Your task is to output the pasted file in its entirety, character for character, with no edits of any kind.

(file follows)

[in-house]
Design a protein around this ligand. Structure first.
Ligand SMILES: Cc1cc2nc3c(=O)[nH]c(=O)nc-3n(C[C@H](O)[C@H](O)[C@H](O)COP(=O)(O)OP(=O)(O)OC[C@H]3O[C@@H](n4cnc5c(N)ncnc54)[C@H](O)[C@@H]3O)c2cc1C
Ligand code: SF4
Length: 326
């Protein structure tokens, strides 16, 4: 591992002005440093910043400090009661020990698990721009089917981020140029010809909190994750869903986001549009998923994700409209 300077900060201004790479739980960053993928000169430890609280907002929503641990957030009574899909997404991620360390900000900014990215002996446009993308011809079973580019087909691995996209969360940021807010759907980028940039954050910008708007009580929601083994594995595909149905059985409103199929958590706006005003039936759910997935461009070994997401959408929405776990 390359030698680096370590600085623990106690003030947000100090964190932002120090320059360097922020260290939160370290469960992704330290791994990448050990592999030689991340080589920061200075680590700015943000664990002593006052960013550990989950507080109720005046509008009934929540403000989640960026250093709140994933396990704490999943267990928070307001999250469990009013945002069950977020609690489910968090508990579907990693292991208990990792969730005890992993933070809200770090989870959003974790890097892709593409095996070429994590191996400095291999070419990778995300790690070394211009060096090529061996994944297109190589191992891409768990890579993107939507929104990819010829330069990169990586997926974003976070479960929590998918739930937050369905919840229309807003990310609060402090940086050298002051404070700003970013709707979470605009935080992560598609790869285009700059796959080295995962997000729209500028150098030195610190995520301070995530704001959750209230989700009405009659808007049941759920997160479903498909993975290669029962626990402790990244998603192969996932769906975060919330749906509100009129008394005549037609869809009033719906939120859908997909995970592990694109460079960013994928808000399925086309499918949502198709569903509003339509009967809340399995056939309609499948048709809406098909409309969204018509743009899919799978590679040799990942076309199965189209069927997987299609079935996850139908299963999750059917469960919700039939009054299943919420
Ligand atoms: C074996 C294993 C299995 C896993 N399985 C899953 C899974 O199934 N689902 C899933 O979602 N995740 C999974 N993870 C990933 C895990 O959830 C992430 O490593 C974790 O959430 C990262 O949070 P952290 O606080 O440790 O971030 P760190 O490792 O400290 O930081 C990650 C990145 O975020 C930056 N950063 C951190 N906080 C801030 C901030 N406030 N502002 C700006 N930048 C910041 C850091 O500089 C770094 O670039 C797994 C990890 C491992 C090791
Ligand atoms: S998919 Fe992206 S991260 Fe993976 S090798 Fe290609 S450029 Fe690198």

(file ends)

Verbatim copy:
[in-house]
Design a protein around this ligand. Structure first.
Ligand SMILES: Cc1cc2nc3c(=O)[nH]c(=O)nc-3n(C[C@H](O)[C@H](O)[C@H](O)COP(=O)(O)OP(=O)(O)OC[C@H]3O[C@@H](n4cnc5c(N)ncnc54)[C@H](O)[C@@H]3O)c2cc1C
Ligand code: SF4
Length: 326
């Protein structure tokens, strides 16, 4: 591992002005440093910043400090009661020990698990721009089917981020140029010809909190994750869903986001549009998923994700409209 300077900060201004790479739980960053993928000169430890609280907002929503641990957030009574899909997404991620360390900000900014990215002996446009993308011809079973580019087909691995996209969360940021807010759907980028940039954050910008708007009580929601083994594995595909149905059985409103199929958590706006005003039936759910997935461009070994997401959408929405776990 390359030698680096370590600085623990106690003030947000100090964190932002120090320059360097922020260290939160370290469960992704330290791994990448050990592999030689991340080589920061200075680590700015943000664990002593006052960013550990989950507080109720005046509008009934929540403000989640960026250093709140994933396990704490999943267990928070307001999250469990009013945002069950977020609690489910968090508990579907990693292991208990990792969730005890992993933070809200770090989870959003974790890097892709593409095996070429994590191996400095291999070419990778995300790690070394211009060096090529061996994944297109190589191992891409768990890579993107939507929104990819010829330069990169990586997926974003976070479960929590998918739930937050369905919840229309807003990310609060402090940086050298002051404070700003970013709707979470605009935080992560598609790869285009700059796959080295995962997000729209500028150098030195610190995520301070995530704001959750209230989700009405009659808007049941759920997160479903498909993975290669029962626990402790990244998603192969996932769906975060919330749906509100009129008394005549037609869809009033719906939120859908997909995970592990694109460079960013994928808000399925086309499918949502198709569903509003339509009967809340399995056939309609499948048709809406098909409309969204018509743009899919799978590679040799990942076309199965189209069927997987299609079935996850139908299963999750059917469960919700039939009054299943919420
Ligand atoms: C074996 C294993 C299995 C896993 N399985 C899953 C899974 O199934 N689902 C899933 O979602 N995740 C999974 N993870 C990933 C895990 O959830 C992430 O490593 C974790 O959430 C990262 O949070 P952290 O606080 O440790 O971030 P760190 O490792 O400290 O930081 C990650 C990145 O975020 C930056 N950063 C951190 N906080 C801030 C901030 N406030 N502002 C700006 N930048 C910041 C850091 O500089 C770094 O670039 C797994 C990890 C491992 C090791
Ligand atoms: S998919 Fe992206 S991260 Fe993976 S090798 Fe290609 S450029 Fe690198």